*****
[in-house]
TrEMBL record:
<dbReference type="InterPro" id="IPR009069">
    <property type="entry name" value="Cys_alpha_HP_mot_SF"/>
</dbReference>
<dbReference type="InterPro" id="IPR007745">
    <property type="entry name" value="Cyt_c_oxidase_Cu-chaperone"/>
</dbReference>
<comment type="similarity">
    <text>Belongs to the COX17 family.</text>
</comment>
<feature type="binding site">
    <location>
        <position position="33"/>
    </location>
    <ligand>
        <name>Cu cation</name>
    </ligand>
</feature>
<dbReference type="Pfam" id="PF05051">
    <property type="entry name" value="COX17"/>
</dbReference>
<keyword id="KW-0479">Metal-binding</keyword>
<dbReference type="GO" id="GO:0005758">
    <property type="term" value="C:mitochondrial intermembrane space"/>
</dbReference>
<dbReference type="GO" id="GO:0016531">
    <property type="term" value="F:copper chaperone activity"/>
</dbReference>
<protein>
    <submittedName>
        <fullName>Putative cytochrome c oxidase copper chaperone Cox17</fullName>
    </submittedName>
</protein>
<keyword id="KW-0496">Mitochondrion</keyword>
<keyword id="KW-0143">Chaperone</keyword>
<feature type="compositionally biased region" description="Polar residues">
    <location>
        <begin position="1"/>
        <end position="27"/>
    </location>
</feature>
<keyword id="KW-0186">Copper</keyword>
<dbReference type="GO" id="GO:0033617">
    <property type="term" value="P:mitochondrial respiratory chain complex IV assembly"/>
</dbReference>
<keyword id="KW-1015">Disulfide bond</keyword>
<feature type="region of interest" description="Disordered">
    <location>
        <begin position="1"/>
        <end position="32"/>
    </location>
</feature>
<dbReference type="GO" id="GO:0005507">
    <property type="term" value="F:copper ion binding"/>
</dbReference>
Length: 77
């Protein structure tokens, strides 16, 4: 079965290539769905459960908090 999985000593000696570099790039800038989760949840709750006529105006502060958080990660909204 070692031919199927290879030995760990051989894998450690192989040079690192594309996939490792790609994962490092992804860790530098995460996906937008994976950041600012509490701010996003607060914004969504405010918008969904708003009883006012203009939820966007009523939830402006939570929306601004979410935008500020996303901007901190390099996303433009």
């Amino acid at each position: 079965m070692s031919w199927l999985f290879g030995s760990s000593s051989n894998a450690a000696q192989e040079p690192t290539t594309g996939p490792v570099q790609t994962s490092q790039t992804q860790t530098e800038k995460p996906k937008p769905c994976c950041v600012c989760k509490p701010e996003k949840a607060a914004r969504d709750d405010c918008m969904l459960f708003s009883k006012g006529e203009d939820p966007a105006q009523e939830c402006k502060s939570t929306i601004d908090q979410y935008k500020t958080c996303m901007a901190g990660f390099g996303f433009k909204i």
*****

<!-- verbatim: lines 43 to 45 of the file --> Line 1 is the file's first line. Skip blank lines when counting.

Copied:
<keyword id="KW-0186">Copper</keyword>
<dbReference type="GO" id="GO:0033617">
    <property type="term" value="P:mitochondrial respiratory chain complex IV assembly"/>